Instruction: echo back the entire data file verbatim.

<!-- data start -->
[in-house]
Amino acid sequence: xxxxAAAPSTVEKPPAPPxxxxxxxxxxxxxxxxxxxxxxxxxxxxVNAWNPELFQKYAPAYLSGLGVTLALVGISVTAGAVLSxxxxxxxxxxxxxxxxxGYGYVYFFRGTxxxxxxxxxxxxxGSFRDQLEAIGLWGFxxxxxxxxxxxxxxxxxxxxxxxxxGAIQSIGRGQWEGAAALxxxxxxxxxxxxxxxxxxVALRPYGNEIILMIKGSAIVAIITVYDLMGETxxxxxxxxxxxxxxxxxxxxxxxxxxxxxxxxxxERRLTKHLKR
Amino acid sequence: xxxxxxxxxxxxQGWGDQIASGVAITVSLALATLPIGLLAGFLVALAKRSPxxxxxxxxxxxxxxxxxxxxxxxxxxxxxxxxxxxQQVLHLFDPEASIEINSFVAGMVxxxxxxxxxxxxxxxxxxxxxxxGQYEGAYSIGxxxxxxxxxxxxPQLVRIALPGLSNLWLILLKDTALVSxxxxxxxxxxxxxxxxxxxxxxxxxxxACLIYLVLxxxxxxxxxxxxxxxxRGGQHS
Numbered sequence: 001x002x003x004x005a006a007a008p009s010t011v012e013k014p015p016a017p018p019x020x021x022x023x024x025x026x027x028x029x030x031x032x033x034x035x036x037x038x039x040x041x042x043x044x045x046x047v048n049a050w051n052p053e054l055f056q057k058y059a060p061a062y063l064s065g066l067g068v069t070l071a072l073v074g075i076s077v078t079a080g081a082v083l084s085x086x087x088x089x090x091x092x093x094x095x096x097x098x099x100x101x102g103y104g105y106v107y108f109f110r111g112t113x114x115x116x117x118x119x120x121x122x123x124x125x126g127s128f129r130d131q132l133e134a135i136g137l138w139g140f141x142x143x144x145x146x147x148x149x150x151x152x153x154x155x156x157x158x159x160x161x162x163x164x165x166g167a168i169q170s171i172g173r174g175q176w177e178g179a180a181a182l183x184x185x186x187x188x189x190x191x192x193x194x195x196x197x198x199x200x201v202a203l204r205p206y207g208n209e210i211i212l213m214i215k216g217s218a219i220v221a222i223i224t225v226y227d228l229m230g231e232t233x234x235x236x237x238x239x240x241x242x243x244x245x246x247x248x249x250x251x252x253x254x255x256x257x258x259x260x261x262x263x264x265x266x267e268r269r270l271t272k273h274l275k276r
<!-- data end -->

[in-house]
Amino acid sequence: xxxxAAAPSTVEKPPAPPxxxxxxxxxxxxxxxxxxxxxxxxxxxxVNAWNPELFQKYAPAYLSGLGVTLALVGISVTAGAVLSxxxxxxxxxxxxxxxxxGYGYVYFFRGTxxxxxxxxxxxxxGSFRDQLEAIGLWGFxxxxxxxxxxxxxxxxxxxxxxxxxGAIQSIGRGQWEGAAALxxxxxxxxxxxxxxxxxxVALRPYGNEIILMIKGSAIVAIITVYDLMGETxxxxxxxxxxxxxxxxxxxxxxxxxxxxxxxxxxERRLTKHLKR
Amino acid sequence: xxxxxxxxxxxxQGWGDQIASGVAITVSLALATLPIGLLAGFLVALAKRSPxxxxxxxxxxxxxxxxxxxxxxxxxxxxxxxxxxxQQVLHLFDPEASIEINSFVAGMVxxxxxxxxxxxxxxxxxxxxxxxGQYEGAYSIGxxxxxxxxxxxxPQLVRIALPGLSNLWLILLKDTALVSxxxxxxxxxxxxxxxxxxxxxxxxxxxACLIYLVLxxxxxxxxxxxxxxxxRGGQHS
Numbered sequence: 001x002x003x004x005a006a007a008p009s010t011v012e013k014p015p016a017p018p019x020x021x022x023x024x025x026x027x028x029x030x031x032x033x034x035x036x037x038x039x040x041x042x043x044x045x046x047v048n049a050w051n052p053e054l055f056q057k058y059a060p061a062y063l064s065g066l067g068v069t070l071a072l073v074g075i076s077v078t079a080g081a082v083l084s085x086x087x088x089x090x091x092x093x094x095x096x097x098x099x100x101x102g103y104g105y106v107y108f109f110r111g112t113x114x115x116x117x118x119x120x121x122x123x124x125x126g127s128f129r130d131q132l133e134a135i136g137l138w139g140f141x142x143x144x145x146x147x148x149x150x151x152x153x154x155x156x157x158x159x160x161x162x163x164x165x166g167a168i169q170s171i172g173r174g175q176w177e178g179a180a181a182l183x184x185x186x187x188x189x190x191x192x193x194x195x196x197x198x199x200x201v202a203l204r205p206y207g208n209e210i211i212l213m214i215k216g217s218a219i220v221a222i223i224t225v226y227d228l229m230g231e232t233x234x235x236x237x238x239x240x241x242x243x244x245x246x247x248x249x250x251x252x253x254x255x256x257x258x259x260x261x262x263x264x265x266x267e268r269r270l271t272k273h274l275k276r